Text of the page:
Load forecasting methodology

ATC will initially use load forecasts provided by the company’s end-use load-serving customers. In general, customers are required, to provide ATC with monthly peak demand forecasts for the next 11 years. ATC may, in the future, develop load forecasts either concurrent with or independent of the company’s load-serving customers. In addition, ATC may, in coordination with the company’s load-serving customers, develop representative load duration curves based on actual and normalized load conditions. The ATC methodology for developing interconnection point load forecast information will follow the NERC Standards MOD-016-0.

In utilizing or developing load forecasts, the following methodology will be used:

  1. Summer peak demand forecasts will be calculated in such a way that there is an almost equal probability of exceeding or falling short of the forecast when average peak making weather does occur.
  2. Shoulder maintenance window: In order to develop a shoulder maintenance window model, a maintenance window analysis should be performed for the ATC footprint periodically. This analysis should determine:
    1. How many load pockets the ATC system should be divided into.
    2. What the overall load level in terms of a percentage of the summer peak should be achieved for each load pocket.

    Then for each load pocket, the shoulder maintenance window forecasts will be developed such that the scalable loads are scaled to a pre-calculated percent of the summer peak demand forecasts while holding the non-scalable loads smaller than or equal to 5 MW constant and applying shoulder load ratios[1] for the non-scalable loads greater than 5 MW. The resultant overall load level should meet the target determined in the latest maintenance window analysis. The ratio of the real to reactive power of the loads will remain unchanged from the summer peak ratio.

    [1] To enhance the modeling of shoulder and light load conditions for the ATC Planning analysis, during the load forecast process, ATC requested local distribution companies to provide shoulder-to-peak ratios and light-to-peak ratios for the non-scalable loads greater than 5 MW.

  3. Winter peak demand forecasts will be developed such that the scalable summer peak loads are scaled to Local Distribution Company (LDC) chosen percentages for the following December.  Non-scalable loads remain unchanged. The ratio of the real to reactive power of the loads will remain unchanged from the summer peak ratio.
  4. Fall/spring off-peak demand forecasts will be developed such that the scalable loads are scaled to LDC chosen percentages for the month of November for fall or the month of April for spring. Non-scalable loads smaller than or equal to 5 MW remain unchanged while applying shoulder load ratios for the non-scalable loads greater than 5 MW. The ratio of the real to reactive power of the loads will remain unchanged from the summer peak ratio.
  5. Summer 90/10 peak demand forecasts will be developed that reflect above-average summer weather and peak demand conditions. A true summer 90/10 forecast at the ATC aggregate load level will be developed in such a way that there is a 90 percent probability of falling short of and a 10 percent probability of exceeding the forecast due to weather conditions. Summer 90/10 peak demand forecast will then be developed such that the scalable loads are scaled to a pre-calculated percent of the summer peak demand forecasts while leaving the non-scalable loads unchanged. The resultant overall ATC load level should meet the determined 90/10 forecast. The ratio of the real to reactive power of the loads will remain unchanged from the summer peak ratio.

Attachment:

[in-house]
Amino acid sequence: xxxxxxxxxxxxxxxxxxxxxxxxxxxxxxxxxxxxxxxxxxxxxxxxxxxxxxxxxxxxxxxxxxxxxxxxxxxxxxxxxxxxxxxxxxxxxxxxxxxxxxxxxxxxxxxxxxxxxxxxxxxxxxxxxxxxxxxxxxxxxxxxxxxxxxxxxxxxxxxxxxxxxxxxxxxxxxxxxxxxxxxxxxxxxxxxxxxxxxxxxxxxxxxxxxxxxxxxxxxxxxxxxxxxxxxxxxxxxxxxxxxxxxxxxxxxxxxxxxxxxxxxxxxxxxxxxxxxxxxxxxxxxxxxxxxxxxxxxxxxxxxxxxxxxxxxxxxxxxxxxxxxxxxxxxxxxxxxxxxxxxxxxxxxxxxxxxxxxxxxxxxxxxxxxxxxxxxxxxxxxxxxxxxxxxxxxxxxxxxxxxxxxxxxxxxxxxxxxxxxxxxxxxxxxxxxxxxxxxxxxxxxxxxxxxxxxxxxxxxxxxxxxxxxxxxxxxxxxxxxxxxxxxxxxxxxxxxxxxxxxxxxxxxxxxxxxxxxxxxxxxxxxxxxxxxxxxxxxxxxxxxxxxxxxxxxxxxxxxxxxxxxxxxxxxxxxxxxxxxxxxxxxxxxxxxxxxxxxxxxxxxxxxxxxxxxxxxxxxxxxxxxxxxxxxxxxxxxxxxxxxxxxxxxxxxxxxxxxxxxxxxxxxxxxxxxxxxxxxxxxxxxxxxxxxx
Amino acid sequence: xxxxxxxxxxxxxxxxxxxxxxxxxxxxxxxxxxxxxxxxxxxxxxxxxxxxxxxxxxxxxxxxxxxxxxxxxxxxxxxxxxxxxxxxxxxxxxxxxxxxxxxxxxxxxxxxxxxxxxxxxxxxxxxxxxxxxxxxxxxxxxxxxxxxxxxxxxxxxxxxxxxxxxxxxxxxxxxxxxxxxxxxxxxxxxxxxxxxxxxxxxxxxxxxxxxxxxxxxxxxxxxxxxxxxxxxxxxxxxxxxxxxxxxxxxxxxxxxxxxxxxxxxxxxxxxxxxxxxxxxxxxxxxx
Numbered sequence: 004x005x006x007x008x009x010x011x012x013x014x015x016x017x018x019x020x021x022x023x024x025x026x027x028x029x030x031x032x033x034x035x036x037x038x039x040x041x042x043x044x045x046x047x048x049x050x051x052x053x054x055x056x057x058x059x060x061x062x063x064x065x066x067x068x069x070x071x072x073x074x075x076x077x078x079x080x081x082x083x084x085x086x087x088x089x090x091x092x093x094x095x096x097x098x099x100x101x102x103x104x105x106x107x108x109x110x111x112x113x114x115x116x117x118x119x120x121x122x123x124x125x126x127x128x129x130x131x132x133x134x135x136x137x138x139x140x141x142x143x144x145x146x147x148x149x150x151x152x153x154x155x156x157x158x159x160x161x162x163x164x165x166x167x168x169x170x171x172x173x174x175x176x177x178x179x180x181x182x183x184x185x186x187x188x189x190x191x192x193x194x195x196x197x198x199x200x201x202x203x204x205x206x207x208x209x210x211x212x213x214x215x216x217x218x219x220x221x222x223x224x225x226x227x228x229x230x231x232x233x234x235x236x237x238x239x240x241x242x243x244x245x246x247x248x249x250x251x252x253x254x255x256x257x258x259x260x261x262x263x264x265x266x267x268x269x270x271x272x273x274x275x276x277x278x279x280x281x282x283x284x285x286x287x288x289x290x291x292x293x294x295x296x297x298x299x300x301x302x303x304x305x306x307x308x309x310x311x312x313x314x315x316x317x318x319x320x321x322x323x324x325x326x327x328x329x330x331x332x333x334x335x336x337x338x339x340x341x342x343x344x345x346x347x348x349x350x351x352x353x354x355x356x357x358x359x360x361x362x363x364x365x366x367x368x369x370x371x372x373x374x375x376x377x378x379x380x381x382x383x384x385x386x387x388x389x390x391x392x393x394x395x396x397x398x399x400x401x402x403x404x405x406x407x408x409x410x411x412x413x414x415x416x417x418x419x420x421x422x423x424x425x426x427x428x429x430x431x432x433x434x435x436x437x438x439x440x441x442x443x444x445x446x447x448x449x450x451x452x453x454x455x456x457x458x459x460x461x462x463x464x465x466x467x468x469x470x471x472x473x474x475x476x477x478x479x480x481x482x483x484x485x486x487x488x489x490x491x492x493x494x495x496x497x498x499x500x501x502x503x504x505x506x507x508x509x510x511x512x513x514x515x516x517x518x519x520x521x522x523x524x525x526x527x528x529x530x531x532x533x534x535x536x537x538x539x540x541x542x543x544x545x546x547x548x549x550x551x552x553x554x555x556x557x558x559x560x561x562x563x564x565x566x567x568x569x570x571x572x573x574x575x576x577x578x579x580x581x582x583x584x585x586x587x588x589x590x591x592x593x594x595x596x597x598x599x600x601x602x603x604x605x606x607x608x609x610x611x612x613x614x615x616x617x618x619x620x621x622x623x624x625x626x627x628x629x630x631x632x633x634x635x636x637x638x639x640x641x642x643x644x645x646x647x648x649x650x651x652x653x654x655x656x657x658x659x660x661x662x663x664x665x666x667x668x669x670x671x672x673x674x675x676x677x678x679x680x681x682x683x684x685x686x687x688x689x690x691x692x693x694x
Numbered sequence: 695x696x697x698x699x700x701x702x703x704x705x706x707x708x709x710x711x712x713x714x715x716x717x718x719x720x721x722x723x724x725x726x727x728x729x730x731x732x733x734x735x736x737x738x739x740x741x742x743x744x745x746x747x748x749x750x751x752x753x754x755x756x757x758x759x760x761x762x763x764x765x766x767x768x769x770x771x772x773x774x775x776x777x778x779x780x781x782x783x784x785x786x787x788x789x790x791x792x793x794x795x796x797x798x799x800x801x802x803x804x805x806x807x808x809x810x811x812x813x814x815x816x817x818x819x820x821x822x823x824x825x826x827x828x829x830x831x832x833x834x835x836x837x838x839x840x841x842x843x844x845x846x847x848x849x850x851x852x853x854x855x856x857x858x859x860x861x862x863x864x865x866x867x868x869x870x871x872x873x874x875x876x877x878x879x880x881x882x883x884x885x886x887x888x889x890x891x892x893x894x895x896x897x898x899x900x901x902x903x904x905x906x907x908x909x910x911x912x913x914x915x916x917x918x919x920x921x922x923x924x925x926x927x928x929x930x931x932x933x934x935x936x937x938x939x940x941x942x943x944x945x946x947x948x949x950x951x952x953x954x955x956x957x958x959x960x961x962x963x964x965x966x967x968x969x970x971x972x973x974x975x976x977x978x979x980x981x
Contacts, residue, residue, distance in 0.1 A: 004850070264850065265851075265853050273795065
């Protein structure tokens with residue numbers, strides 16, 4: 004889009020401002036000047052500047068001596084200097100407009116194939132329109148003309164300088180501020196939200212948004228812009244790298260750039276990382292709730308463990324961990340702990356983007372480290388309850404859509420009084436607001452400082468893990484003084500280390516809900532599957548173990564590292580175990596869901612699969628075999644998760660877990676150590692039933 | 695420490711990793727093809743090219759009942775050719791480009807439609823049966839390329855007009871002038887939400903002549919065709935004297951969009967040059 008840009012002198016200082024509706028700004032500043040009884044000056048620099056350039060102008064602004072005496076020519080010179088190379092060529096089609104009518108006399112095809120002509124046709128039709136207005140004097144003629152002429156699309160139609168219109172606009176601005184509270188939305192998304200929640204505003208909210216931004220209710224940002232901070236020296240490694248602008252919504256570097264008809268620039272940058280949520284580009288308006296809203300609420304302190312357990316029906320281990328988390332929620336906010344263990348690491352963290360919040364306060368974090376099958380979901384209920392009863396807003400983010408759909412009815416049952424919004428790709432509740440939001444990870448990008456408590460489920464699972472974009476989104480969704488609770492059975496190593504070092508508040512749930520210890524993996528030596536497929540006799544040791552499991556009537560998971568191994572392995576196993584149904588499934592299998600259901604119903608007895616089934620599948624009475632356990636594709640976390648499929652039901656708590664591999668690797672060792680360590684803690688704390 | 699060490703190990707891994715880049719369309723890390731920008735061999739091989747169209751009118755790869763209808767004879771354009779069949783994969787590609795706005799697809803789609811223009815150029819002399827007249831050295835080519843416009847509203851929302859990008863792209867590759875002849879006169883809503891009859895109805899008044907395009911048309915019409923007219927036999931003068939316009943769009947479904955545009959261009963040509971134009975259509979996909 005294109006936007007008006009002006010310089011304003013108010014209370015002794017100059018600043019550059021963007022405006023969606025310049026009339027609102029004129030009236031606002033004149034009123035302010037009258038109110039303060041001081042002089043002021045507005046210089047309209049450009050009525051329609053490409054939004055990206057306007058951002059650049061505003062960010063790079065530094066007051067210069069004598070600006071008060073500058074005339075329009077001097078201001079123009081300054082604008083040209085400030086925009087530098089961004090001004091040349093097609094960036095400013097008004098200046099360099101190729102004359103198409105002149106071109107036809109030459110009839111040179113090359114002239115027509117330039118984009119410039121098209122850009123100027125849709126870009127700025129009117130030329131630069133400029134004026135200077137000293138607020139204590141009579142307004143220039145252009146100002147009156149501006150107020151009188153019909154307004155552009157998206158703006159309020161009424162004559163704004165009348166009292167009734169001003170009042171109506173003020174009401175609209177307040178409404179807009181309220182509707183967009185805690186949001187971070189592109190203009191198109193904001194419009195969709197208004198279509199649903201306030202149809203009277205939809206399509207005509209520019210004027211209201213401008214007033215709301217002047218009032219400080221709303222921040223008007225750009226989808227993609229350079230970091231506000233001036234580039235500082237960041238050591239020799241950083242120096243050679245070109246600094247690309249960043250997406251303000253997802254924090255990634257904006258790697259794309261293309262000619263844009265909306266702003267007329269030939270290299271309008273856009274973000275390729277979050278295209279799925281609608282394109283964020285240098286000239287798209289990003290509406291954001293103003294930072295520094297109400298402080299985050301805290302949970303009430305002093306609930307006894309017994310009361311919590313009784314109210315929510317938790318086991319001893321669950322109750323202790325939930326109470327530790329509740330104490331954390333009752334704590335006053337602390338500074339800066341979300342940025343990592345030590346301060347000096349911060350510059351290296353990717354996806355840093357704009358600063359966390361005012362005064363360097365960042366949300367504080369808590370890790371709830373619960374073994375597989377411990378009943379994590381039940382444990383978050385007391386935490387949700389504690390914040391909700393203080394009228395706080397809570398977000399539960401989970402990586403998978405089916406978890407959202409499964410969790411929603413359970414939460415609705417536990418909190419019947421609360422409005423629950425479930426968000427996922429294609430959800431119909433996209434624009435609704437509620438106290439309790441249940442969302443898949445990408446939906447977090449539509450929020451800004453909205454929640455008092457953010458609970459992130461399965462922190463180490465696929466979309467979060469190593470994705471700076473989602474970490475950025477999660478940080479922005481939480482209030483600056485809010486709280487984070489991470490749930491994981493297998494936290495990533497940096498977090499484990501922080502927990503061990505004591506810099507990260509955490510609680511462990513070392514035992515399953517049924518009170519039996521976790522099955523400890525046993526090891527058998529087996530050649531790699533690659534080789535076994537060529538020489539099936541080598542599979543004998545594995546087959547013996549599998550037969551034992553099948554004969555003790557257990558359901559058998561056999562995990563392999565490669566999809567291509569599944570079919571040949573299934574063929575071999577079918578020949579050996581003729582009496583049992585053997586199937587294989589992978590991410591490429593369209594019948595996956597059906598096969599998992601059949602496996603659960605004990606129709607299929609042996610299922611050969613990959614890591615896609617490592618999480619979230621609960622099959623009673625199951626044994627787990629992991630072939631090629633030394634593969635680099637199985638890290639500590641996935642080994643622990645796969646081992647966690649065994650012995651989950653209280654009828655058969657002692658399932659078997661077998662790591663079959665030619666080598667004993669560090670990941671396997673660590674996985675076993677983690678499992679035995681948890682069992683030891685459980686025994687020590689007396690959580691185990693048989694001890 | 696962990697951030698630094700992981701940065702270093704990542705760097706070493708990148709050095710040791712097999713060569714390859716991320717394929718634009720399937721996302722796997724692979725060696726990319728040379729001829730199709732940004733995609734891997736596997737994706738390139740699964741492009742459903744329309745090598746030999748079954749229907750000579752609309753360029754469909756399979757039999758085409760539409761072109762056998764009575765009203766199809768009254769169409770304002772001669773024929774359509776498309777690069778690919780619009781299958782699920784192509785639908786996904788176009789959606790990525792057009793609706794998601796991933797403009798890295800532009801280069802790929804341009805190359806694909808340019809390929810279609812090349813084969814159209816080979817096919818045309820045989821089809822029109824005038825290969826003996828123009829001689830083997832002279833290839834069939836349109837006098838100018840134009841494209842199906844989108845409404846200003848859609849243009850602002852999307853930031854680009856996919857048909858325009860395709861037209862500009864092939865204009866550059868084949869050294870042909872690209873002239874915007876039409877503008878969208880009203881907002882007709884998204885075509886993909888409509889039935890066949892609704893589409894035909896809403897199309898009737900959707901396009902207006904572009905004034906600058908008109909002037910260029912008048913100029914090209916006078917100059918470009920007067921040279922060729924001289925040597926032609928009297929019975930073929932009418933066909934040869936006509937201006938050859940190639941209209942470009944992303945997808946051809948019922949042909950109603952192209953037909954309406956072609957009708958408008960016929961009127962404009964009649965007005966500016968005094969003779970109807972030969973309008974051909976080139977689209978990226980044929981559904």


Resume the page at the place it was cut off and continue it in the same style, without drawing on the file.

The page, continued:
6. Light load (50 percent of summer peak) demand forecasts will be developed such that the conforming loads are scaled to a pre-calculated percent of the summer peak demand forecasts while holding the non-scalable loads smaller than or equal to 5 MW constant and applying light load ratios for the non-scalable loads greater than 5 MW. The resultant overall ATC load in the Light load model is  approximately 50 percent of the summer peak. The ratio of the real to reactive power of the loads will remain unchanged from the summer peak ratio.
  7. Minimum load (40 percent of summer peak) demand forecasts will be developed in two steps:
    1. The scalable loads are scaled to a pre-calculated percent of the summer peak demand forecasts, while holding the non-scalable loads smaller than or equal to 5 MW constant and applying light load ratios3 for the non-scalable loads greater than 5 MW. The resultant overall ATC load in the Minimum load model is approximately 40 percent of the summer peak.
    2. Historical EMS model data are used to help developing the reactive load forecast in the minimum load models.
      • Obtain the historical (Easter Sunday 4:00 AM and Memorial Day 6:00 AM) ATC control area reactive load data for at least three years from EMS models and average them to get the reactive load target for each control area.
      • For each of the ATC control areas, the scalable reactive loads are scaled to a pre-calculated level of the summer peak demand forecasts, while holding the non-scalable loads smaller than or equal to 5 MW constant and applying light load ratios3 for the non-scalable loads greater than 5 MW. The resultant overall reactive loads for each control area should meet the target determined in the step above.